# To what volume must a 250*mL volume of 10*mol*L^-1 HCl be diluted to give a 0.050*mol*L^-1 concentration?

Sep 11, 2017

Before we start remember the CARDINAL RULE:
$\text{Acid to water not water to acid.....}$ I get a final volume of $50 \cdot L$ of dilute acid.

#### Explanation:

$\text{May her rest be long and placid, she added water to the acid.}$

$\text{The other girl did as she oughter, she added acid to the water.}$

A small drop of water placed in a strong acid might spit as it heats up upon hydration (another old saw: $\text{if you spit in acid it spits back at you}$).

For your problem, we use the relationship.....

$\text{Concentration"="Moles of solute (moles)"/"Volume of solution (L)}$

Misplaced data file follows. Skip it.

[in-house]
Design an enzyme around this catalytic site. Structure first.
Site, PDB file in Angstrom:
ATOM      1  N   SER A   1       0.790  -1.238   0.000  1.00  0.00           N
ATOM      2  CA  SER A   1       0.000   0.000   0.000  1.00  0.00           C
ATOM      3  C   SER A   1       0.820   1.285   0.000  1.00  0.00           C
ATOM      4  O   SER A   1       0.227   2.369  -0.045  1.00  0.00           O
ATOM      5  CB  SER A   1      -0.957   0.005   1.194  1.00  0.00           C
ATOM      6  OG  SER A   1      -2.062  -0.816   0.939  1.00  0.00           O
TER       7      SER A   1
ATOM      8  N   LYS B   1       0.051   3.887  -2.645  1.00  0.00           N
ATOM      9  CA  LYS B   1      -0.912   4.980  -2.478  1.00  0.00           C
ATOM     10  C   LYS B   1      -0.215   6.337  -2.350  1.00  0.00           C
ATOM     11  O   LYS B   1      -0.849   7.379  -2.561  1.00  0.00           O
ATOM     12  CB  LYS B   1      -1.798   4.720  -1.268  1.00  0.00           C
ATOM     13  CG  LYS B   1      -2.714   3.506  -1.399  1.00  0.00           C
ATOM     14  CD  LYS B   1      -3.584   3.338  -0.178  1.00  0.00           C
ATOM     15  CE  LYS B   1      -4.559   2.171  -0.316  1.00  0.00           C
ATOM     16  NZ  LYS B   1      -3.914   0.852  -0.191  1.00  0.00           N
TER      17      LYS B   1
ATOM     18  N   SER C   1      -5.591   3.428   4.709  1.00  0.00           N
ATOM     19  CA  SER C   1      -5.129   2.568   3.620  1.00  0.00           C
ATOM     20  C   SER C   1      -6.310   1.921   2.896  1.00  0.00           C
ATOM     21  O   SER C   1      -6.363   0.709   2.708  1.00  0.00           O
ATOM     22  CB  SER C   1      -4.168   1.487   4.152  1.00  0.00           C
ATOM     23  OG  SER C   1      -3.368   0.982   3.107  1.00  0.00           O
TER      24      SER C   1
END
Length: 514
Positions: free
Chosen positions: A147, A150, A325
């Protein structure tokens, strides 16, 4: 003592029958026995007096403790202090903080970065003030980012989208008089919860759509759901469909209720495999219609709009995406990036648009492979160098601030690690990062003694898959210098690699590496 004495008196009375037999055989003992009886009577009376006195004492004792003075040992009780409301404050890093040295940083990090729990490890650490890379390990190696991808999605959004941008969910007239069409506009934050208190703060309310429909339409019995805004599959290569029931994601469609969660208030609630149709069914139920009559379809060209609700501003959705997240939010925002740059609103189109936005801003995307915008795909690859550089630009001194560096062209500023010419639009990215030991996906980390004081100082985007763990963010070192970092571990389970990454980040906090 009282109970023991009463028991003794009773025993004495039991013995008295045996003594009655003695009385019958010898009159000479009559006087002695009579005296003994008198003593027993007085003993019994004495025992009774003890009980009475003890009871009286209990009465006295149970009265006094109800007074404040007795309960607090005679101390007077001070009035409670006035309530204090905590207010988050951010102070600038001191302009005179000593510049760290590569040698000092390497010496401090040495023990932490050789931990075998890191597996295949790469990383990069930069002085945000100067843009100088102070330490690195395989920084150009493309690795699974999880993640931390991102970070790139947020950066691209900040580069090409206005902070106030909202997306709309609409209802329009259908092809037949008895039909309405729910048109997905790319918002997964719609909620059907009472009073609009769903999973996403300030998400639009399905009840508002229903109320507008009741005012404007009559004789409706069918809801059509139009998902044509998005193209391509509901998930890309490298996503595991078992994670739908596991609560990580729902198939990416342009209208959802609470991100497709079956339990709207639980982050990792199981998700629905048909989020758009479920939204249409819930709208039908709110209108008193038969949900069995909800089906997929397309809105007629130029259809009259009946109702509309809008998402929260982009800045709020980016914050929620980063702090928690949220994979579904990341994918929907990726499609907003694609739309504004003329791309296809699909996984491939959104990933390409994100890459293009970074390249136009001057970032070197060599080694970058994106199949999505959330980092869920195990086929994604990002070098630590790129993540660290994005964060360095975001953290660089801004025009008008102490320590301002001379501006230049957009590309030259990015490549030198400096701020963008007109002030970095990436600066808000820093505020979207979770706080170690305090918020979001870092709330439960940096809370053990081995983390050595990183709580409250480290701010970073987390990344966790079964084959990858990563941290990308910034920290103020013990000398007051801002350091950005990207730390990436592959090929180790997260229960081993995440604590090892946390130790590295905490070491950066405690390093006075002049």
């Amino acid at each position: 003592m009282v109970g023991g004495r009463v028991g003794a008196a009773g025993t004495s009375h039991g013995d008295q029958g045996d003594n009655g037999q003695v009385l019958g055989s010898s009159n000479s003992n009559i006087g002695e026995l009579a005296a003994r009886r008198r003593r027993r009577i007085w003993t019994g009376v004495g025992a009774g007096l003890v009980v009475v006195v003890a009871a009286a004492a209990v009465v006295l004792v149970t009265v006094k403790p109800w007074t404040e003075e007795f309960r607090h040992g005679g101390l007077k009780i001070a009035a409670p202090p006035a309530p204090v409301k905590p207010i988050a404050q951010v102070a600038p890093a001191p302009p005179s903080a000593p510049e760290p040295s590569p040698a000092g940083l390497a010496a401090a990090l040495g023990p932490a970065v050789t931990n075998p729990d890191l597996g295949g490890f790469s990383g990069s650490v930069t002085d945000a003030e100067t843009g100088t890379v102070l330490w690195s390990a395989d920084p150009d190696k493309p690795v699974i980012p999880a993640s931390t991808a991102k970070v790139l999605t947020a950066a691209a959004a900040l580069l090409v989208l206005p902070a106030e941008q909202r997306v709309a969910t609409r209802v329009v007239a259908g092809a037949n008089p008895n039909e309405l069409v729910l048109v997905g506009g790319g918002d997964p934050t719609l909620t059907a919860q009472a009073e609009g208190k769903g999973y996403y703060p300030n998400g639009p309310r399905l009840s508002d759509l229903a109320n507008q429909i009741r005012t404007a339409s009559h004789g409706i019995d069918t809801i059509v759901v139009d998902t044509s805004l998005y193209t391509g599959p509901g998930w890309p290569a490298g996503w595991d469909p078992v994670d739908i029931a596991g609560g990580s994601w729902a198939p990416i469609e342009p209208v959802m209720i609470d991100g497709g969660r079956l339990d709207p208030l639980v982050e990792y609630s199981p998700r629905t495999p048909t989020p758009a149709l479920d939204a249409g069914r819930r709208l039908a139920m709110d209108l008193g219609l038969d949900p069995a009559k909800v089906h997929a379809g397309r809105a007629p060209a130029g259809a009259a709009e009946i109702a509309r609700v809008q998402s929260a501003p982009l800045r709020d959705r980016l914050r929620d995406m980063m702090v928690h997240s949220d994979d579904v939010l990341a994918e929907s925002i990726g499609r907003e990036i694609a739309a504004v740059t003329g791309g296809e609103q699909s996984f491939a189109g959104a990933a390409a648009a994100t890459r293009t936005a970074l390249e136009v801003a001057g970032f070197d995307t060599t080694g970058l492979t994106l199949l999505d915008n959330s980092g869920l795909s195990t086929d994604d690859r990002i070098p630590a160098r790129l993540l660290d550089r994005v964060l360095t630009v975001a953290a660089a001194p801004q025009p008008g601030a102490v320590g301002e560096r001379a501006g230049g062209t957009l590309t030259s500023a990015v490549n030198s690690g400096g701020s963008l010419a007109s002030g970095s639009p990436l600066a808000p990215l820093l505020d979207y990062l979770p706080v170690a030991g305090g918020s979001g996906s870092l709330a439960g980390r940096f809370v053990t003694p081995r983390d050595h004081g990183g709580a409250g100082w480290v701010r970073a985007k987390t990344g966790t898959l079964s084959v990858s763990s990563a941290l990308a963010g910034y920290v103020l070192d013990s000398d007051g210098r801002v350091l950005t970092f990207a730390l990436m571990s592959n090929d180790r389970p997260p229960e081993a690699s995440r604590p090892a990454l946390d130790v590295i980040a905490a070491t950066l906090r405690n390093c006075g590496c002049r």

We have a starting volume of $250 \cdot m L$ of $10.0 \cdot m o l \cdot {L}^{-} 1$ $H C l$ (the stuff you get out of the bottle is $10.6 \cdot m o l \cdot {L}^{-} 1$).

$\text{Moles of HCl} = 250 \cdot m L \times {10}^{-} 3 \cdot L \cdot m {L}^{-} 1 \times 10 \cdot m o l \cdot {L}^{-} 1$

$= 2.50 \cdot m o l$ with respect to $H C l$.

Now this molar quantity is diluted up to give a $0.050 \cdot m o l \cdot {L}^{-} 1$ (and remember acid to water!).

We solve for $\text{volume}$ in $\text{concentration"="moles of HCl"/"volume of solution}$

i.e. $V = \frac{2.50 \cdot m o l}{0.050 \cdot m o l \cdot {L}^{-} 1} = 50 \cdot L$, why? Because $\frac{1}{L} ^ - 1 = \frac{1}{\frac{1}{L}} = L$ as required.

AND WHEN YOU WORK WITH CONC. ACIDS YOU MUST WEAR (i) SAFETY SPECTACLES to protect your mince pies; and (ii) a LAB-COAT to protect your clothing.